There is only one certainty right now regarding the race for the NFC North title: the Vikings are way the hell out of it. After that the whole thing is totally up in the air.
This wasn’t necessarily the case going into Monday night’s Packers-Bears clash. Had you asked me at around 7 PM central last night to name a clear favorite in the division, I would have said the Packers without hesitation. To me they looked like a team that was really coming together, with their new-found running game, their improving defense and of course All-Galaxy QB Aaron Rodgers at the helm.
That all changed with one play Monday night. In the first quarter the Bears’ Shea McClellin took Aaron Rodgers to the ground for a sack, and Rodgers came up clearly injured. The Packers quarterback was soon seen jogging to the locker room to get his shoulder checked out. A stunned silence descended over the previously raucous Lambeau Field.
The news soon came down that Rodgers had suffered a shoulder injury and would be out for the game. Various reports swirled saying Rodgers had a broken collarbone or a separated shoulder or something even worse. Irresponsible speculation had Rodgers missing either one game or a few games or the rest of the season or possibly being put down like a sick horse.
I’m not sure we know even this morning exactly what is going on with Rodgers, but the most credible reports say he has a small fracture in his collarbone and may miss three weeks or more. Needless to say, with Rodgers sidelined everything changes for the Packers. Seneca Wallace is now their quarterback. They will have to lean on their running game and defense for as long as that remains the case.
The No Rodgers effect has already been felt. The Packers put together a solid effort Monday night after their leader went out, but despite Eddie Lacy’s tough running, the offense just didn’t have enough gas to get to the finish line against the Bears. The Packers can grind it out better than they used to but without Rodgers’ big play ability, they just aren’t the same team.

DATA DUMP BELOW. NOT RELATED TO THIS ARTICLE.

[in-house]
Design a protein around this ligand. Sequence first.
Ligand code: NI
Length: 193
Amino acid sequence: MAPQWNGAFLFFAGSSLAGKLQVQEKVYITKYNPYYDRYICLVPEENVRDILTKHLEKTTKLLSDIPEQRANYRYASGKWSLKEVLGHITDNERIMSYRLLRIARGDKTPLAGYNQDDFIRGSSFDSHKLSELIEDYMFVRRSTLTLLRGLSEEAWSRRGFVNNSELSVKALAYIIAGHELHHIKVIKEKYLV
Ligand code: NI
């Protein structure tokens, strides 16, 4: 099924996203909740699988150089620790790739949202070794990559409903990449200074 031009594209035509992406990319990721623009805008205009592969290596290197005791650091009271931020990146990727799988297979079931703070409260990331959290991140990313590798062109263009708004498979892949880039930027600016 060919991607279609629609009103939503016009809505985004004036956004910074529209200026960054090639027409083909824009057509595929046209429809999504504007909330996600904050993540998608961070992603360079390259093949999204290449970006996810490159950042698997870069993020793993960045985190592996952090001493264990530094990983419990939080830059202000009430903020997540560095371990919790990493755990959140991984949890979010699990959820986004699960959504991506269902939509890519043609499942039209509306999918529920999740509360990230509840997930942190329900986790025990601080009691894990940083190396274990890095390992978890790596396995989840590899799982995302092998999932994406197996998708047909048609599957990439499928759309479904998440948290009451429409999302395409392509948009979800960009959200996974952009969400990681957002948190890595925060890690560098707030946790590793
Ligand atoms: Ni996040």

The Bears on the other hand were able to function quite well without Jay Cutler, thanks in large part to backup Josh McCown, who has put together two fantastic relief efforts in a row. Matt Forte, Brandon Marshall and Alshon Jeffery all came up big for the Bears against the Packers, helping Chicago overcome a pretty miserable defensive effort.
Thanks in large part to Rodgers’ absence, the Bears scored a huge victory at Lambeau Field, tipping the division race decidedly in their favor. The Packers and Bears do have to play one more time, and Rodgers may be back in the lineup by then, but that game will be at Soldier Field. Stealing one at Lambeau was huge for Chicago.
After last night’s result, the Packers, Bears and Lions are all 5-3. The next big game in the division will come this weekend when the Bears face the Lions for the second and final time this season. Jay Cutler is expected to return for Chicago, but even if he doesn’t, the Bears should be in good shape at home with McCown steering the ship.
The winner of the Bears-Lions game becomes the favorite in the division. The Packers meanwhile are left in limbo with Rodgers on the shelf. The good news for Green Bay? Their schedule over the next few games is very favorable. Even with Seneca Wallace playing QB, they may have enough to defeat the Eagles, Giants and Vikings. Then they have a Thanksgiving Day matchup with Detroit. If the three week recovery time frame is correct for Rodgers, he should be back in time for that pivotal matchup.
The Packers better hope Rodgers misses only three games, because without him they are in trouble. The idea that they can win by pounding the ball and playing great defense is delusional. They need Rodgers if they are going to go anywhere this year. Seneca Wallace is no Josh McCown.
And then there are the poor messed-up Vikings, divisional runners-up a year ago, now basement dwellers. Can the Vikes ultimately play any role at all in deciding the division? Of course they can, but only by playing spoilers. Unfortunately, the way things currently are going for Minnesota, I don’t give them much of a shot in any of their remaining division games. Even if Rodgers doesn’t play, the Vikes will be huge underdogs three weeks from now in Lambeau. Minnesota is in such turmoil that I honestly don’t know if I see two more wins for them this year.
It’s not a lot of fun sitting back watching the rest of the division duke it out. Spoiler is not an entertaining role to play. But that’s about all there is left now, with the Vikings look up at the rest of the division four games ahead of them. This thing went downhill fast. And the descent may not be over.
Topics: Minnesota Vikings